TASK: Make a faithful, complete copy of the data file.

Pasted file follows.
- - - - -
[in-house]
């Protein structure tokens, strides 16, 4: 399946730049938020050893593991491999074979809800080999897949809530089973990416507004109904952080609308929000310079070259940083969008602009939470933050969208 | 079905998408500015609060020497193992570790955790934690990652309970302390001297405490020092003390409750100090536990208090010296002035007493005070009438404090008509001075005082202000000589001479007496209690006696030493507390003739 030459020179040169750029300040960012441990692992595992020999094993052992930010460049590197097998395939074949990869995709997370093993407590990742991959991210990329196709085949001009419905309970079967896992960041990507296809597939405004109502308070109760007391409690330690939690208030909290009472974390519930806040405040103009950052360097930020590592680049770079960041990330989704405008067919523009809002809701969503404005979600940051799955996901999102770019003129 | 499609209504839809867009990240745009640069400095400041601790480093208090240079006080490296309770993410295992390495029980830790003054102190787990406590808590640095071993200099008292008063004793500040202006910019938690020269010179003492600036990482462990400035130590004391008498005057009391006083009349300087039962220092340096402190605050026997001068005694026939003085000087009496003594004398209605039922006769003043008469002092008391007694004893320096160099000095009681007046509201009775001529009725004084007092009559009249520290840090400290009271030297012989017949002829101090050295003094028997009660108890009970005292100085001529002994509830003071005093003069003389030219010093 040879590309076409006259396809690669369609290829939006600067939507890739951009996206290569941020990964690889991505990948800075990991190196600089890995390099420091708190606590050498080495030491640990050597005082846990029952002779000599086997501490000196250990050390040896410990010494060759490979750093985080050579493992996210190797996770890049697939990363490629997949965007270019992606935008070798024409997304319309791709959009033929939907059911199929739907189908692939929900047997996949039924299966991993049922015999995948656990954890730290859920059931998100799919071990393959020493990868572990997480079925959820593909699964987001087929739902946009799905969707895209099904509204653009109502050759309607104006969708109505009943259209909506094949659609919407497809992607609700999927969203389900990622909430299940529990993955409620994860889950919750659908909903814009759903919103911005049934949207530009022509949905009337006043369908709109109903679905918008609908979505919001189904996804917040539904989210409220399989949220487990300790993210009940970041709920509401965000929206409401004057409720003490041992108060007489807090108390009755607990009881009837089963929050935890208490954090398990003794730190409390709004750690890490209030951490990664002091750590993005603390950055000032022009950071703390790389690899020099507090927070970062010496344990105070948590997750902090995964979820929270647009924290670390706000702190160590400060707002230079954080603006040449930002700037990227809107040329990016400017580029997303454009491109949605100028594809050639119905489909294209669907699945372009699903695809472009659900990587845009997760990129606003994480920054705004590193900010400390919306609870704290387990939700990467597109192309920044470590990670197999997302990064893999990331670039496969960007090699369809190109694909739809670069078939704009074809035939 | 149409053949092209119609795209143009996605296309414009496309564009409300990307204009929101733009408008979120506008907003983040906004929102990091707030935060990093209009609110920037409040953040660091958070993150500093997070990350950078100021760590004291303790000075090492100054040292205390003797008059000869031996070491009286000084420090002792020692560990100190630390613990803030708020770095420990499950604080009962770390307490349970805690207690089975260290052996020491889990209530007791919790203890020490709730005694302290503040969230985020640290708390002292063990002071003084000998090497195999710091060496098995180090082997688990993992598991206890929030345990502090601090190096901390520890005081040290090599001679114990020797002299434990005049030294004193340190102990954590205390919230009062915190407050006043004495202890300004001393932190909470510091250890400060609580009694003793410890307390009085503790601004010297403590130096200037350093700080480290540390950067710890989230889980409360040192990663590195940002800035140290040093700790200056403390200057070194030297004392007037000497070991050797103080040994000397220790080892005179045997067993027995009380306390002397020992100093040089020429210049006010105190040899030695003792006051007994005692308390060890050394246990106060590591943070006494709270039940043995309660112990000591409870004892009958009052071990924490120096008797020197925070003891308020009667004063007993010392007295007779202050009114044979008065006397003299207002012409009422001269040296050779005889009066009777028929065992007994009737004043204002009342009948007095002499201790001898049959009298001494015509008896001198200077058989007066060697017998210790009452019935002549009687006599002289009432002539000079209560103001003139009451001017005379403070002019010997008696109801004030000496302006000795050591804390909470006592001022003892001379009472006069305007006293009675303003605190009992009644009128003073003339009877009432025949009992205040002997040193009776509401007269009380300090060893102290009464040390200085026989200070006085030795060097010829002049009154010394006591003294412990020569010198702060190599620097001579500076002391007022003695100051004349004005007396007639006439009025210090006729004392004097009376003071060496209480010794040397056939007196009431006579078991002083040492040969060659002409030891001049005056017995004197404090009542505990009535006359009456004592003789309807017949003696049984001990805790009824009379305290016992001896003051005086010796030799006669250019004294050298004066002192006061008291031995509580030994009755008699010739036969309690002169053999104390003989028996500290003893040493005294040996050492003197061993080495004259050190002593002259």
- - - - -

[in-house]
């Protein structure tokens, strides 16, 4: 399946730049938020050893593991491999074979809800080999897949809530089973990416507004109904952080609308929000310079070259940083969008602009939470933050969208 | 079905998408500015609060020497193992570790955790934690990652309970302390001297405490020092003390409750100090536990208090010296002035007493005070009438404090008509001075005082202000000589001479007496209690006696030493507390003739 030459020179040169750029300040960012441990692992595992020999094993052992930010460049590197097998395939074949990869995709997370093993407590990742991959991210990329196709085949001009419905309970079967896992960041990507296809597939405004109502308070109760007391409690330690939690208030909290009472974390519930806040405040103009950052360097930020590592680049770079960041990330989704405008067919523009809002809701969503404005979600940051799955996901999102770019003129 | 499609209504839809867009990240745009640069400095400041601790480093208090240079006080490296309770993410295992390495029980830790003054102190787990406590808590640095071993200099008292008063004793500040202006910019938690020269010179003492600036990482462990400035130590004391008498005057009391006083009349300087039962220092340096402190605050026997001068005694026939003085000087009496003594004398209605039922006769003043008469002092008391007694004893320096160099000095009681007046509201009775001529009725004084007092009559009249520290840090400290009271030297012989017949002829101090050295003094028997009660108890009970005292100085001529002994509830003071005093003069003389030219010093 040879590309076409006259396809690669369609290829939006600067939507890739951009996206290569941020990964690889991505990948800075990991190196600089890995390099420091708190606590050498080495030491640990050597005082846990029952002779000599086997501490000196250990050390040896410990010494060759490979750093985080050579493992996210190797996770890049697939990363490629997949965007270019992606935008070798024409997304319309791709959009033929939907059911199929739907189908692939929900047997996949039924299966991993049922015999995948656990954890730290859920059931998100799919071990393959020493990868572990997480079925959820593909699964987001087929739902946009799905969707895209099904509204653009109502050759309607104006969708109505009943259209909506094949659609919407497809992607609700999927969203389900990622909430299940529990993955409620994860889950919750659908909903814009759903919103911005049934949207530009022509949905009337006043369908709109109903679905918008609908979505919001189904996804917040539904989210409220399989949220487990300790993210009940970041709920509401965000929206409401004057409720003490041992108060007489807090108390009755607990009881009837089963929050935890208490954090398990003794730190409390709004750690890490209030951490990664002091750590993005603390950055000032022009950071703390790389690899020099507090927070970062010496344990105070948590997750902090995964979820929270647009924290670390706000702190160590400060707002230079954080603006040449930002700037990227809107040329990016400017580029997303454009491109949605100028594809050639119905489909294209669907699945372009699903695809472009659900990587845009997760990129606003994480920054705004590193900010400390919306609870704290387990939700990467597109192309920044470590990670197999997302990064893999990331670039496969960007090699369809190109694909739809670069078939704009074809035939 | 149409053949092209119609795209143009996605296309414009496309564009409300990307204009929101733009408008979120506008907003983040906004929102990091707030935060990093209009609110920037409040953040660091958070993150500093997070990350950078100021760590004291303790000075090492100054040292205390003797008059000869031996070491009286000084420090002792020692560990100190630390613990803030708020770095420990499950604080009962770390307490349970805690207690089975260290052996020491889990209530007791919790203890020490709730005694302290503040969230985020640290708390002292063990002071003084000998090497195999710091060496098995180090082997688990993992598991206890929030345990502090601090190096901390520890005081040290090599001679114990020797002299434990005049030294004193340190102990954590205390919230009062915190407050006043004495202890300004001393932190909470510091250890400060609580009694003793410890307390009085503790601004010297403590130096200037350093700080480290540390950067710890989230889980409360040192990663590195940002800035140290040093700790200056403390200057070194030297004392007037000497070991050797103080040994000397220790080892005179045997067993027995009380306390002397020992100093040089020429210049006010105190040899030695003792006051007994005692308390060890050394246990106060590591943070006494709270039940043995309660112990000591409870004892009958009052071990924490120096008797020197925070003891308020009667004063007993010392007295007779202050009114044979008065006397003299207002012409009422001269040296050779005889009066009777028929065992007994009737004043204002009342009948007095002499201790001898049959009298001494015509008896001198200077058989007066060697017998210790009452019935002549009687006599002289009432002539000079209560103001003139009451001017005379403070002019010997008696109801004030000496302006000795050591804390909470006592001022003892001379009472006069305007006293009675303003605190009992009644009128003073003339009877009432025949009992205040002997040193009776509401007269009380300090060893102290009464040390200085026989200070006085030795060097010829002049009154010394006591003294412990020569010198702060190599620097001579500076002391007022003695100051004349004005007396007639006439009025210090006729004392004097009376003071060496209480010794040397056939007196009431006579078991002083040492040969060659002409030891001049005056017995004197404090009542505990009535006359009456004592003789309807017949003696049984001990805790009824009379305290016992001896003051005086010796030799006669250019004294050298004066002192006061008291031995509580030994009755008699010739036969309690002169053999104390003989028996500290003893040493005294040996050492003197061993080495004259050190002593002259």